The products you use, from the clothes that you wear to the pots that you cook with to the chairs you sit in come a long way before they arrive in a store near you or on your doorstep after a trip through the postal system. The ability to cheaply ship products and raw materials around the world has truly globalized production. From the harvesting and mining of raw materials to the sale and distributions of the final products, here’s how your stuff gets to you:
Raw Materials: Raw materials include cotton, oil, wood, or iron ore–anything that gets processed into a final product. The raw materials for a single product could come from all over. For example, when manufacturing a button down shirt, the cotton for the shirt might come from one location, while the oil for the plastic in the buttons might come from another. In fact, the cotton and oil might come from several different locations.
Manufacturing: Products are produced in factories through a combination of machine and manual labor. Much like the collection of raw materials, the manufacturing process does not take place in just one locality. Going back to that button down shirt, the cotton must be first cleaned and then processed into fabric, while the oil must be first converted into plastic and then turned into buttons. These different processes take place all over. Then, the garment is sewn together. Often, multiple companies might even participate in this manufacturing process.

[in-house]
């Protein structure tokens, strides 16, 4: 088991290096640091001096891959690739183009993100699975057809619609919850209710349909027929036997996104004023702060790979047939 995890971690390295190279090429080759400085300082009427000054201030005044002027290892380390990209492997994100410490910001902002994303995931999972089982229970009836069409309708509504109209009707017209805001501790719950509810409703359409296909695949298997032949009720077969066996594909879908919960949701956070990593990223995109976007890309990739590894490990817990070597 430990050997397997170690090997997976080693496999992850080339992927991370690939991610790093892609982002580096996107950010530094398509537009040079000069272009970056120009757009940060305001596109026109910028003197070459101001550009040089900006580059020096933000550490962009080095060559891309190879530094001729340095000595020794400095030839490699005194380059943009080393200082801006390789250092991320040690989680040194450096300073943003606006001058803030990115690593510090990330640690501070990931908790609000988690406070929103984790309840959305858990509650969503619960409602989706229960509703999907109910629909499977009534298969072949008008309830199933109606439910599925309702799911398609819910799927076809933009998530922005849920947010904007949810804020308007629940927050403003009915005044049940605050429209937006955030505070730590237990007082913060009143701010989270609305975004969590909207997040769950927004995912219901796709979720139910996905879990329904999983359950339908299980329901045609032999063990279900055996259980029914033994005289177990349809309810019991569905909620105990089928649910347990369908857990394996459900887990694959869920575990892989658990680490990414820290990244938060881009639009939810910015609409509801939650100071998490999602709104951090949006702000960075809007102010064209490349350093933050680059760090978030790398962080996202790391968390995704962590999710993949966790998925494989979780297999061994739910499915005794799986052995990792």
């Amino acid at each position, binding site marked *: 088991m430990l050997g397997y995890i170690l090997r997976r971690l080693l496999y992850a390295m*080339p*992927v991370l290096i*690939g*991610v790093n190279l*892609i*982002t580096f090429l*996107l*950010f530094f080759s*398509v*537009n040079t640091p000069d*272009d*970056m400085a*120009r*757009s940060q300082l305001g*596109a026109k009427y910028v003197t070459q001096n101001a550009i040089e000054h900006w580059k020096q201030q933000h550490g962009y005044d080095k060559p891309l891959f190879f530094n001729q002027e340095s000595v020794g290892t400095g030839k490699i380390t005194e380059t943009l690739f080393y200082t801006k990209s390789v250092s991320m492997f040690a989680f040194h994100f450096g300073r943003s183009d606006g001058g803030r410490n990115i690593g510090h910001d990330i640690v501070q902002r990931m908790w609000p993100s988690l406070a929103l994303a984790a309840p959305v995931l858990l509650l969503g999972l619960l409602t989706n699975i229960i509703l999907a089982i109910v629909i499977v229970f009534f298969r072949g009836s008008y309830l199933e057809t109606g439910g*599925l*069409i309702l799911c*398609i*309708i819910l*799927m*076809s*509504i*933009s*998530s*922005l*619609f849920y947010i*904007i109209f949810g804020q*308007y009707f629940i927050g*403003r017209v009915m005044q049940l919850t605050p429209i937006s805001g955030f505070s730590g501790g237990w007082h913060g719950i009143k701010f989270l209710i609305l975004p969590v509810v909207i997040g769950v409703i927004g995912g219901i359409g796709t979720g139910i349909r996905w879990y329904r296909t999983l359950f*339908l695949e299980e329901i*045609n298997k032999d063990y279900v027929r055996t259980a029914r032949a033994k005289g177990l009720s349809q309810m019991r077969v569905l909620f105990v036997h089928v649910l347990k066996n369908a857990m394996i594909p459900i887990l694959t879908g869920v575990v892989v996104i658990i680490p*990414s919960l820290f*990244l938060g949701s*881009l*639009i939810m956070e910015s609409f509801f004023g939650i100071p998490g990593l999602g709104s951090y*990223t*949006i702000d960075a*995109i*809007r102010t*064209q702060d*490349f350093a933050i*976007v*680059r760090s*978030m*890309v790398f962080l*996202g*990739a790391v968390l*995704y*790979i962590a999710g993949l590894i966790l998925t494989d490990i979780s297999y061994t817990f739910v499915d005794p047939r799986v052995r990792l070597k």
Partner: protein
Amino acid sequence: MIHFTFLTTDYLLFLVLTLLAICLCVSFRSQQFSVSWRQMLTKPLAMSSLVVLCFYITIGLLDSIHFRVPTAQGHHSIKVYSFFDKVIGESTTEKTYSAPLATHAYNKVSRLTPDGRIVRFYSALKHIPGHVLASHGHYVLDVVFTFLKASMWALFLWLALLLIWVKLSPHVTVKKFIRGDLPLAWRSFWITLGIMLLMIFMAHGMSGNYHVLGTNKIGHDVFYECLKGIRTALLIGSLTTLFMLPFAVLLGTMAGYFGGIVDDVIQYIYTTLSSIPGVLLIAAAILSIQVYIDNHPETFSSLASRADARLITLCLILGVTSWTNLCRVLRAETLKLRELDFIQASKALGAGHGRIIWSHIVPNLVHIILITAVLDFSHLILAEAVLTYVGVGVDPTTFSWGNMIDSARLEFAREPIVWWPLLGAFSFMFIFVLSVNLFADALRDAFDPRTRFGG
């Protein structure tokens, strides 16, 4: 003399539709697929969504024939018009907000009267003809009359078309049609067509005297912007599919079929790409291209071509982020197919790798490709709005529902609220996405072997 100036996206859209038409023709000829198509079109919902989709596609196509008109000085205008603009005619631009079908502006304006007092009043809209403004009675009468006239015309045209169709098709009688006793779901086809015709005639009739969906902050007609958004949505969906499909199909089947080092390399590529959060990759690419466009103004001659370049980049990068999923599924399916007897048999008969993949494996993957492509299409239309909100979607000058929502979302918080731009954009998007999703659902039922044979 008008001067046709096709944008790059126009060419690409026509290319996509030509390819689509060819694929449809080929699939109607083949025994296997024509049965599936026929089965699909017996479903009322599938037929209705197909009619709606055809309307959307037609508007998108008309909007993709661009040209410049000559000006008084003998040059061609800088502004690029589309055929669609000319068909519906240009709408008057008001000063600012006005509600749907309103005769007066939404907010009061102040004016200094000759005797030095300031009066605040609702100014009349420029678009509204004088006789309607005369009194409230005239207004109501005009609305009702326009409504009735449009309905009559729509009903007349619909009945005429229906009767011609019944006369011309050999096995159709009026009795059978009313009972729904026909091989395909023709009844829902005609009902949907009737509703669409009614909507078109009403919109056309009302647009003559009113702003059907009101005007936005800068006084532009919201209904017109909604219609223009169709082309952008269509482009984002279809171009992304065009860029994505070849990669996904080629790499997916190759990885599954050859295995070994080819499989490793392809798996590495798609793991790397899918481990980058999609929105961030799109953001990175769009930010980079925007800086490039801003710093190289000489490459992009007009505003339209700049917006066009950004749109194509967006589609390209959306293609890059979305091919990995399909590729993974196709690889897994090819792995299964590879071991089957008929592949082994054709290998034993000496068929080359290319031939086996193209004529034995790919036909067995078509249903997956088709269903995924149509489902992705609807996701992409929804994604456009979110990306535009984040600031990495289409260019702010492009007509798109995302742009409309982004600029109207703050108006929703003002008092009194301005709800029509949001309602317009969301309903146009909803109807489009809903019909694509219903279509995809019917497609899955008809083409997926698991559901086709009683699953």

Packaging: The completed products must be packaged and shipped out. Workers prepare the products for retailers or distributors. Products might be packaged multiple times, first by manufacturers and then by retailers for sale.
Distribution: Products are sold, whether in stores, online, or (more rarely today) through mail or phone order. Physical stores have many retail workers who deal with everything from making sales transactions to keeping the store orderly and the products well organized and ready to sell. In the case of online stores, things such as checkout happen without much manual intervention, but even online companies need people for customer service, tracking statistics, and so forth.